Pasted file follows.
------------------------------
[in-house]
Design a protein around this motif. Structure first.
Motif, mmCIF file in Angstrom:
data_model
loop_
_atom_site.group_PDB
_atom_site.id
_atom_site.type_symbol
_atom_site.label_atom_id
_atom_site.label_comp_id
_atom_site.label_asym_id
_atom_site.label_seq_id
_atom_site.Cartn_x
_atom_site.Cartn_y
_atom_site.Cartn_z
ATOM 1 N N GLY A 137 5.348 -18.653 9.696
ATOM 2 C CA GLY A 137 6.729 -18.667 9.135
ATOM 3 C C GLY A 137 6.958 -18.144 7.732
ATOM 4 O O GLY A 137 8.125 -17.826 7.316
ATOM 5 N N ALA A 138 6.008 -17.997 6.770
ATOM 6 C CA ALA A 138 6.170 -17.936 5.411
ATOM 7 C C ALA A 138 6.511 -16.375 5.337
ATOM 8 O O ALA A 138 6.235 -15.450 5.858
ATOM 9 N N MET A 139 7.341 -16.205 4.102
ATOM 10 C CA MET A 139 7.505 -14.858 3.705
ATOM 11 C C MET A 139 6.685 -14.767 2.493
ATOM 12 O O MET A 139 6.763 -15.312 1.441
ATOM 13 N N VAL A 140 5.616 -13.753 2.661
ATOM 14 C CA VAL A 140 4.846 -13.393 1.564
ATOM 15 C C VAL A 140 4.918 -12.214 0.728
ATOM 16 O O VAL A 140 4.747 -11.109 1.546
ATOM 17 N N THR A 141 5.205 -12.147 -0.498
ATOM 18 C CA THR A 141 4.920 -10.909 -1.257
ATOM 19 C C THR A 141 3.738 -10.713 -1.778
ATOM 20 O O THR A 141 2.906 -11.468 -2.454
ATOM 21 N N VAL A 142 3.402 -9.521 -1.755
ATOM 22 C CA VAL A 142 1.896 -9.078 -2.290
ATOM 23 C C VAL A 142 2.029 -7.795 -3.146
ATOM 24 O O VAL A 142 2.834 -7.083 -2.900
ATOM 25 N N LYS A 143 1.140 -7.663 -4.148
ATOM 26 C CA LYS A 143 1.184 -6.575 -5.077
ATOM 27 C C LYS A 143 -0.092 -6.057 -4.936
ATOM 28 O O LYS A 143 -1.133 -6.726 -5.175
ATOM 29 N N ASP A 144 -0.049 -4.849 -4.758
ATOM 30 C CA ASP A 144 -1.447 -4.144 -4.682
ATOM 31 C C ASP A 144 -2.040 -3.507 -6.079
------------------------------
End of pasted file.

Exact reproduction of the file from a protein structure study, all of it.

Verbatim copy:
[in-house]
Design a protein around this motif. Structure first.
Motif, mmCIF file in Angstrom:
data_model
loop_
_atom_site.group_PDB
_atom_site.id
_atom_site.type_symbol
_atom_site.label_atom_id
_atom_site.label_comp_id
_atom_site.label_asym_id
_atom_site.label_seq_id
_atom_site.Cartn_x
_atom_site.Cartn_y
_atom_site.Cartn_z
ATOM 1 N N GLY A 137 5.348 -18.653 9.696
ATOM 2 C CA GLY A 137 6.729 -18.667 9.135
ATOM 3 C C GLY A 137 6.958 -18.144 7.732
ATOM 4 O O GLY A 137 8.125 -17.826 7.316
ATOM 5 N N ALA A 138 6.008 -17.997 6.770
ATOM 6 C CA ALA A 138 6.170 -17.936 5.411
ATOM 7 C C ALA A 138 6.511 -16.375 5.337
ATOM 8 O O ALA A 138 6.235 -15.450 5.858
ATOM 9 N N MET A 139 7.341 -16.205 4.102
ATOM 10 C CA MET A 139 7.505 -14.858 3.705
ATOM 11 C C MET A 139 6.685 -14.767 2.493
ATOM 12 O O MET A 139 6.763 -15.312 1.441
ATOM 13 N N VAL A 140 5.616 -13.753 2.661
ATOM 14 C CA VAL A 140 4.846 -13.393 1.564
ATOM 15 C C VAL A 140 4.918 -12.214 0.728
ATOM 16 O O VAL A 140 4.747 -11.109 1.546
ATOM 17 N N THR A 141 5.205 -12.147 -0.498
ATOM 18 C CA THR A 141 4.920 -10.909 -1.257
ATOM 19 C C THR A 141 3.738 -10.713 -1.778
ATOM 20 O O THR A 141 2.906 -11.468 -2.454
ATOM 21 N N VAL A 142 3.402 -9.521 -1.755
ATOM 22 C CA VAL A 142 1.896 -9.078 -2.290
ATOM 23 C C VAL A 142 2.029 -7.795 -3.146
ATOM 24 O O VAL A 142 2.834 -7.083 -2.900
ATOM 25 N N LYS A 143 1.140 -7.663 -4.148
ATOM 26 C CA LYS A 143 1.184 -6.575 -5.077
ATOM 27 C C LYS A 143 -0.092 -6.057 -4.936
ATOM 28 O O LYS A 143 -1.133 -6.726 -5.175
ATOM 29 N N ASP A 144 -0.049 -4.849 -4.758
ATOM 30 C CA ASP A 144 -1.447 -4.144 -4.682
ATOM 31 C C ASP A 144 -2.040 -3.507 -6.079